different opinions. I only ended one friendship in 30 years because of a film (a friend saw WILD BUNCH with
us in '95, HUGE SCREEN! - and hated it. He started talking and we threw him out. Never spoke to him again :)

I like Groggys website a lot. And we share a lot of favorites!

I only have to speak up when cinematic achievements like CUCKOOS NEST (how much better can you make a film?)
and DEER get a beating, I think they don't deserve.

It is also always a question of how & when (your age) you see a film. I was happy to grow up in a theatre from 1976-1985
so I see a lot of stuff  these days with the fact cemented, that those films influenced me heavily.

Another holy cow of mine is Douglas Sirk. Groggy has no connection with the Sirk (Sierck being his real German name).
He saw only ALL THAT HEAVEN ALLOWS (I guess?) and just recently. Too appreciate Sirk one must dive deep
into his world. The right mood is essential too. And consider a few facts, for ex. the over-scoring of those films.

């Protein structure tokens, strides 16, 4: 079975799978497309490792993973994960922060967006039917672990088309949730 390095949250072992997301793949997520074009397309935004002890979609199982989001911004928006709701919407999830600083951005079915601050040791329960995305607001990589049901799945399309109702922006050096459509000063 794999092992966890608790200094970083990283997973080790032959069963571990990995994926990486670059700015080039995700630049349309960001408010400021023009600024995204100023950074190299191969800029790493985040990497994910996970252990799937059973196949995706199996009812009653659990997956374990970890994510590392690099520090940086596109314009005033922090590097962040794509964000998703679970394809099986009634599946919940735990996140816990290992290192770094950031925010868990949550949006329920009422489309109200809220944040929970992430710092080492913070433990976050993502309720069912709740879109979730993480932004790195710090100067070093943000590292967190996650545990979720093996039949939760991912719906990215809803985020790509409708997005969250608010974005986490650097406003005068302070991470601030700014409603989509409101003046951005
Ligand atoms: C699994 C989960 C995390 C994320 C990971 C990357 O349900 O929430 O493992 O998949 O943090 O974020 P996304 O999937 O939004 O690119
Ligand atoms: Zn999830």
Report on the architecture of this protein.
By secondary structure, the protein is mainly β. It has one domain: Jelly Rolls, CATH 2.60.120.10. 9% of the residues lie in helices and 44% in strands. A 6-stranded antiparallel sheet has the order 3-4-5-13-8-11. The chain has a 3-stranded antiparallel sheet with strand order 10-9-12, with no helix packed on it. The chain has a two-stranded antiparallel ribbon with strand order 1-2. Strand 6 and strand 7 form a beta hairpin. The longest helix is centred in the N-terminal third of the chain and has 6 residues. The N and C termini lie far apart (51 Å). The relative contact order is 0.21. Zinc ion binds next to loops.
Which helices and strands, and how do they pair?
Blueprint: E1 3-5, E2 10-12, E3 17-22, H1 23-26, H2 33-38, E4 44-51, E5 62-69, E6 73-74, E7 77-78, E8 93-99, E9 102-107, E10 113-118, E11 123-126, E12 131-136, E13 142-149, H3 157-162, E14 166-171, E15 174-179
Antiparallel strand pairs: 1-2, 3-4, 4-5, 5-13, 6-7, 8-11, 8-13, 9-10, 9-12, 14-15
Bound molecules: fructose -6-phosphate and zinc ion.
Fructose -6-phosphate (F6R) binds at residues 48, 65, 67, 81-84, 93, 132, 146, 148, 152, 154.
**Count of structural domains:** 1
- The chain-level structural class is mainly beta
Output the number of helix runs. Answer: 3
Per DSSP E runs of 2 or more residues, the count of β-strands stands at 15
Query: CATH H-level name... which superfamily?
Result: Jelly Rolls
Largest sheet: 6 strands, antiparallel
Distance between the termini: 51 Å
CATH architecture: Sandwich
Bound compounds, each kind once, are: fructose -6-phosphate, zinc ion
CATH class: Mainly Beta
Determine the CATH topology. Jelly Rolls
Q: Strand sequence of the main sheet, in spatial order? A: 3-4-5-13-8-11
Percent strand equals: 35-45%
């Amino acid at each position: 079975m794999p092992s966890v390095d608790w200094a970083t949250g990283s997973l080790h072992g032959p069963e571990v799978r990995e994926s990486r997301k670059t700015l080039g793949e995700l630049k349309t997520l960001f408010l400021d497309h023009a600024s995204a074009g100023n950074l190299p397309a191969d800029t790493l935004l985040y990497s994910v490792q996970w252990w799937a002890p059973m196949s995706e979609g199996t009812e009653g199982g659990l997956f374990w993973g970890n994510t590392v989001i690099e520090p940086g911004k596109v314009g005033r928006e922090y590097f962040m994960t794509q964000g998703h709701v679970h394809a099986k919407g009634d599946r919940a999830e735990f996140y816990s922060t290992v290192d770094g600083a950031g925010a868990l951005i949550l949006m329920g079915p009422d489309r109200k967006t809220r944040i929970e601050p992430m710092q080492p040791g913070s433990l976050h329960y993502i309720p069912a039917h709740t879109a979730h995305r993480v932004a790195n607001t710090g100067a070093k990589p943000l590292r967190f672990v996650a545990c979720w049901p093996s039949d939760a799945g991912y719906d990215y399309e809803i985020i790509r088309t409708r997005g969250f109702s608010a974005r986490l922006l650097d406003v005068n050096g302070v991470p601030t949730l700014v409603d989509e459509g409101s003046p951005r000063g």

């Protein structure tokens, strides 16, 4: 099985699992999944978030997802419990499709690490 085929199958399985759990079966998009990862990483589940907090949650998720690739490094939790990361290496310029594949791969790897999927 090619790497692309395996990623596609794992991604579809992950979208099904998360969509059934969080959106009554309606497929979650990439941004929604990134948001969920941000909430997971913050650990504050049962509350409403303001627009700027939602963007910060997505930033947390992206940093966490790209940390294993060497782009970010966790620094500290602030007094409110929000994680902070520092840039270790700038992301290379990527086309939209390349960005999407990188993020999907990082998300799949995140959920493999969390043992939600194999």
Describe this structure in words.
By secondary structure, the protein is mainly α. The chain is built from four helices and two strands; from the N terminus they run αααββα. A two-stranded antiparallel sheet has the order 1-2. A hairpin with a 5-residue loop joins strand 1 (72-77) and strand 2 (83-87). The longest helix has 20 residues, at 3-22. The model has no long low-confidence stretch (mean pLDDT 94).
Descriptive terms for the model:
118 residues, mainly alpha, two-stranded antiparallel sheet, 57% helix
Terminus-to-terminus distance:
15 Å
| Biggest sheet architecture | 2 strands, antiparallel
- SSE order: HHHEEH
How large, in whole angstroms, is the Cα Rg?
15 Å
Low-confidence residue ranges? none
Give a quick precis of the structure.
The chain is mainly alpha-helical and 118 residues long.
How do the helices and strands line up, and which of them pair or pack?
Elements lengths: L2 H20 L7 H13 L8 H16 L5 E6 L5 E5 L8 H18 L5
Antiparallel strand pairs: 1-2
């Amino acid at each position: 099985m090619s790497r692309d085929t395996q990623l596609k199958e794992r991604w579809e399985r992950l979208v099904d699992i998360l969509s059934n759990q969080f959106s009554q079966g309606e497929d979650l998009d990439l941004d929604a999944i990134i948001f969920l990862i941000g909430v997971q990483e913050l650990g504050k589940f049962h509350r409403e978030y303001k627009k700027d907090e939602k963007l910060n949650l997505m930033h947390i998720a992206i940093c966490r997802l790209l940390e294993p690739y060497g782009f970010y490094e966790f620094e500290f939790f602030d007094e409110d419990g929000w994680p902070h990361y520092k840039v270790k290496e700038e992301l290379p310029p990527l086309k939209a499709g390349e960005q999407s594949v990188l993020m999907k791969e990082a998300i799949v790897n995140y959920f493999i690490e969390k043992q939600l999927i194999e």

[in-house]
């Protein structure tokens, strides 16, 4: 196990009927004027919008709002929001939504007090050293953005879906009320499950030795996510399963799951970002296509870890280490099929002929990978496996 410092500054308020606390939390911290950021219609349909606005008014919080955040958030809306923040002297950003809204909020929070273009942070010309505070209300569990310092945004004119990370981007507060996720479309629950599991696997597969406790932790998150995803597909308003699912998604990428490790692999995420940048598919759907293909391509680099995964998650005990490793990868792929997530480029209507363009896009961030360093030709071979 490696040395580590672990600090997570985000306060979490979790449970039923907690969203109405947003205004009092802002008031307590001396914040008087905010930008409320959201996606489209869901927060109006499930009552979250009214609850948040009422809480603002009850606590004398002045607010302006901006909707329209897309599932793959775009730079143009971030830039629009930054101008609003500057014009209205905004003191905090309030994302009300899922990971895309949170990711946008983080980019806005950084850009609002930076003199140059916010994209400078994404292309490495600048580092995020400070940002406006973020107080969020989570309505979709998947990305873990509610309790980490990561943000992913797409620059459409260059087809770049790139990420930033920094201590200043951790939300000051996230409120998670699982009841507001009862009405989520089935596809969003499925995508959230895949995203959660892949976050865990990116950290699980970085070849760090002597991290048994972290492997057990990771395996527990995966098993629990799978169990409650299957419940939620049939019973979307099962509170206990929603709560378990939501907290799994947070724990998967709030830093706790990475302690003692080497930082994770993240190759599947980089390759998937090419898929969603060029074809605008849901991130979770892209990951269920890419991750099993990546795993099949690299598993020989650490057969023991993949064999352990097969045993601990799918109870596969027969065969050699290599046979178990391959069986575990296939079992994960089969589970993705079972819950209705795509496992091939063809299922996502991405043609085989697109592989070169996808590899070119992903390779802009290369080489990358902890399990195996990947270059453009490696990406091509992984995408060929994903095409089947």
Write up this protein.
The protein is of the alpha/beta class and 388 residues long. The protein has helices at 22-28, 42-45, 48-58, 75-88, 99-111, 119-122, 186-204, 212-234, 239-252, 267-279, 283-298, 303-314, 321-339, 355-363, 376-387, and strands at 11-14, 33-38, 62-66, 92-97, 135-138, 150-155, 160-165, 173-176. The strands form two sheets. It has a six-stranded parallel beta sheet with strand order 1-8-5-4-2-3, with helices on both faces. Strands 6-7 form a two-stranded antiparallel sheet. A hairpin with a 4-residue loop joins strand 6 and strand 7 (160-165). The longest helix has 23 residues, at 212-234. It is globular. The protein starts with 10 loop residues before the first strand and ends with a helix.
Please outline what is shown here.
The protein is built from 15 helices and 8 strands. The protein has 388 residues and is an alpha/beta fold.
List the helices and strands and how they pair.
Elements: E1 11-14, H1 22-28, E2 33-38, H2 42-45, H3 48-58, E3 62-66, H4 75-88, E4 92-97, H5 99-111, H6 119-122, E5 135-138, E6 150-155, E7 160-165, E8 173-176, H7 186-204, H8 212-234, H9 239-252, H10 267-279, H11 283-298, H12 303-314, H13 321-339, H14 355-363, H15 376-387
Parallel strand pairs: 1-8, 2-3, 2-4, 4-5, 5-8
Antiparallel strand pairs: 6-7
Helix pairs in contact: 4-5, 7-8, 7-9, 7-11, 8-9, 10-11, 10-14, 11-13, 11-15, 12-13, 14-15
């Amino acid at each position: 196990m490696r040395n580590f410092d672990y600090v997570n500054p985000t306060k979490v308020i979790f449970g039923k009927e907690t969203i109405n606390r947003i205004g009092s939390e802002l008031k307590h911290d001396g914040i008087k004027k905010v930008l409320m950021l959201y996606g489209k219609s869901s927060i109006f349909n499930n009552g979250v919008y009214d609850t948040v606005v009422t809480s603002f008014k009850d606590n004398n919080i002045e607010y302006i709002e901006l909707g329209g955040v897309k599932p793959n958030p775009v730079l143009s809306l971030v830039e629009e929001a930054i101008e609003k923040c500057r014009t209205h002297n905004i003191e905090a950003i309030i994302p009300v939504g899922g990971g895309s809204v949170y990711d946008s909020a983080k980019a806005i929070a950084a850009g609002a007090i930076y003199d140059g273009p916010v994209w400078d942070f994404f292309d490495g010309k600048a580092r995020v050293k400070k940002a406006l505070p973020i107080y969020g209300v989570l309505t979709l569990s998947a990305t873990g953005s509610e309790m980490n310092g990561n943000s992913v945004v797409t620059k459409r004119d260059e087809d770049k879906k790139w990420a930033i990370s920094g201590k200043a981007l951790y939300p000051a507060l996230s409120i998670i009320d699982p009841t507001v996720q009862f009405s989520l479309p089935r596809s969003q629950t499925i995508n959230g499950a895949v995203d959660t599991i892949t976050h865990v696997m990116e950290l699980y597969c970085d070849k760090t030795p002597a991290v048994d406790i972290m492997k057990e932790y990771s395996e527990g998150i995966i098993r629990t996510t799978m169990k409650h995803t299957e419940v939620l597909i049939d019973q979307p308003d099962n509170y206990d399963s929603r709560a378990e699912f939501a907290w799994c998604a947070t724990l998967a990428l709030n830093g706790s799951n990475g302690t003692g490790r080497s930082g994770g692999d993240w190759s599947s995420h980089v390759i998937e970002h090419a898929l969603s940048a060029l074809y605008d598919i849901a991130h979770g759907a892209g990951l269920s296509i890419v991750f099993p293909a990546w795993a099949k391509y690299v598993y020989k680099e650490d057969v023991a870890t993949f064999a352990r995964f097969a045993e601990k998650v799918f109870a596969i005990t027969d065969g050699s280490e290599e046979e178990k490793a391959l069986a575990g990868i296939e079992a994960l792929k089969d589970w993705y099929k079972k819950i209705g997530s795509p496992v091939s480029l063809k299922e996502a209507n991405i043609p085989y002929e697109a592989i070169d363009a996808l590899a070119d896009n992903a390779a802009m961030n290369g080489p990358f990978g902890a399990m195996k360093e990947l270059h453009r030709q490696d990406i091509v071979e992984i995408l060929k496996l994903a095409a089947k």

A process done by the studios until the late 60's with the directors watching helplessly.
Many films of those decades suffer from that corny 'score any scene, any laugh & the rest too..' approach by the studios.

« : August 13, 2009, 09:07:43 AM mike siegel »


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« #78 : August 13, 2009, 05:29:43 PM »

Another holy cow of mine is Douglas Sirk. Groggy has no connection with the Sirk (Sierck being his real German name).
He saw only ALL THAT HEAVEN ALLOWS (I guess?) and just recently. Too appreciate Sirk one must dive deep
into his world. The right mood is essential too. And consider a few facts, for ex. the over-scoring of those films.
A process done by the studios until the late 60's with the directors watching helplessly.
Many films of those decades suffer from that corny 'score any scene, any laugh & the rest too..' approach by the studios.
Sirk has his good films and his many, many bad films. I like ATHA and The Tarnished Angels and a few others, but I loath stuff like Captain Lightfoot, Sign of the Pagan, and Taza, Son of Cochise. And even a film like Magnificent Obsession loses much of its luster when compared to its earlier, superior version. It doesn't make sense to venerate directors, but it is worth giving accolades to individual films of merit.

« : August 13, 2009, 10:53:55 PM dave jenkins »


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« #79 : August 13, 2009, 09:55:16 PM »

Listen, Joe...I, oh Joe, Joe...

That's the Midnight Cowboy, cowboy. Not The Deer Hunter.